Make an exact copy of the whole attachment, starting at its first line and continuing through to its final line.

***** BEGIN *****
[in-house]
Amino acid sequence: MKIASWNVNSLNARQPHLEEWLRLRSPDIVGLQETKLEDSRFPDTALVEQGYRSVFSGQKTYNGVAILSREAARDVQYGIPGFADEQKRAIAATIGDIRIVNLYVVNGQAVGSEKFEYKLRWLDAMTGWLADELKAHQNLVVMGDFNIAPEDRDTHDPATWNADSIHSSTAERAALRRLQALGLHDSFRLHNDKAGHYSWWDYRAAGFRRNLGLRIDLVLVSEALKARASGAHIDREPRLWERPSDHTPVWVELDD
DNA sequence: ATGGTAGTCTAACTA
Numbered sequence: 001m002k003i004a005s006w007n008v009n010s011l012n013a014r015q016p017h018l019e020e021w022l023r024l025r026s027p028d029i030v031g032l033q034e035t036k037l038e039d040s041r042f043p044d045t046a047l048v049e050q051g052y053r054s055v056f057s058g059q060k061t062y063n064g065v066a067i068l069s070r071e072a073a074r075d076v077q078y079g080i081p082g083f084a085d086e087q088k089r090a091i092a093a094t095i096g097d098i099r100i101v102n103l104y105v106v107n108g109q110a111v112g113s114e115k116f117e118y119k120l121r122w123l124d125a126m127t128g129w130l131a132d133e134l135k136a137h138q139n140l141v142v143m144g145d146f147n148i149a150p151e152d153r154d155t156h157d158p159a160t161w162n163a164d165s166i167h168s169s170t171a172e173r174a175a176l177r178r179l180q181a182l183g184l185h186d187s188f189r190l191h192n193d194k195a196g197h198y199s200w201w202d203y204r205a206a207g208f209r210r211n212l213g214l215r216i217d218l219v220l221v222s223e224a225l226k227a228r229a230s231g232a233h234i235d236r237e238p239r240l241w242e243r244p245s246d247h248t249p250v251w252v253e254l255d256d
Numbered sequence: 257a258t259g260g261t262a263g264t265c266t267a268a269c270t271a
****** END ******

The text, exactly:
[in-house]
Amino acid sequence: MKIASWNVNSLNARQPHLEEWLRLRSPDIVGLQETKLEDSRFPDTALVEQGYRSVFSGQKTYNGVAILSREAARDVQYGIPGFADEQKRAIAATIGDIRIVNLYVVNGQAVGSEKFEYKLRWLDAMTGWLADELKAHQNLVVMGDFNIAPEDRDTHDPATWNADSIHSSTAERAALRRLQALGLHDSFRLHNDKAGHYSWWDYRAAGFRRNLGLRIDLVLVSEALKARASGAHIDREPRLWERPSDHTPVWVELDD
DNA sequence: ATGGTAGTCTAACTA
Numbered sequence: 001m002k003i004a005s006w007n008v009n010s011l012n013a014r015q016p017h018l019e020e021w022l023r024l025r026s027p028d029i030v031g032l033q034e035t036k037l038e039d040s041r042f043p044d045t046a047l048v049e050q051g052y053r054s055v056f057s058g059q060k061t062y063n064g065v066a067i068l069s070r071e072a073a074r075d076v077q078y079g080i081p082g083f084a085d086e087q088k089r090a091i092a093a094t095i096g097d098i099r100i101v102n103l104y105v106v107n108g109q110a111v112g113s114e115k116f117e118y119k120l121r122w123l124d125a126m127t128g129w130l131a132d133e134l135k136a137h138q139n140l141v142v143m144g145d146f147n148i149a150p151e152d153r154d155t156h157d158p159a160t161w162n163a164d165s166i167h168s169s170t171a172e173r174a175a176l177r178r179l180q181a182l183g184l185h186d187s188f189r190l191h192n193d194k195a196g197h198y199s200w201w202d203y204r205a206a207g208f209r210r211n212l213g214l215r216i217d218l219v220l221v222s223e224a225l226k227a228r229a230s231g232a233h234i235d236r237e238p239r240l241w242e243r244p245s246d247h248t249p250v251w252v253e254l255d256d
Numbered sequence: 257a258t259g260g261t262a263g264t265c266t267a268a269c270t271a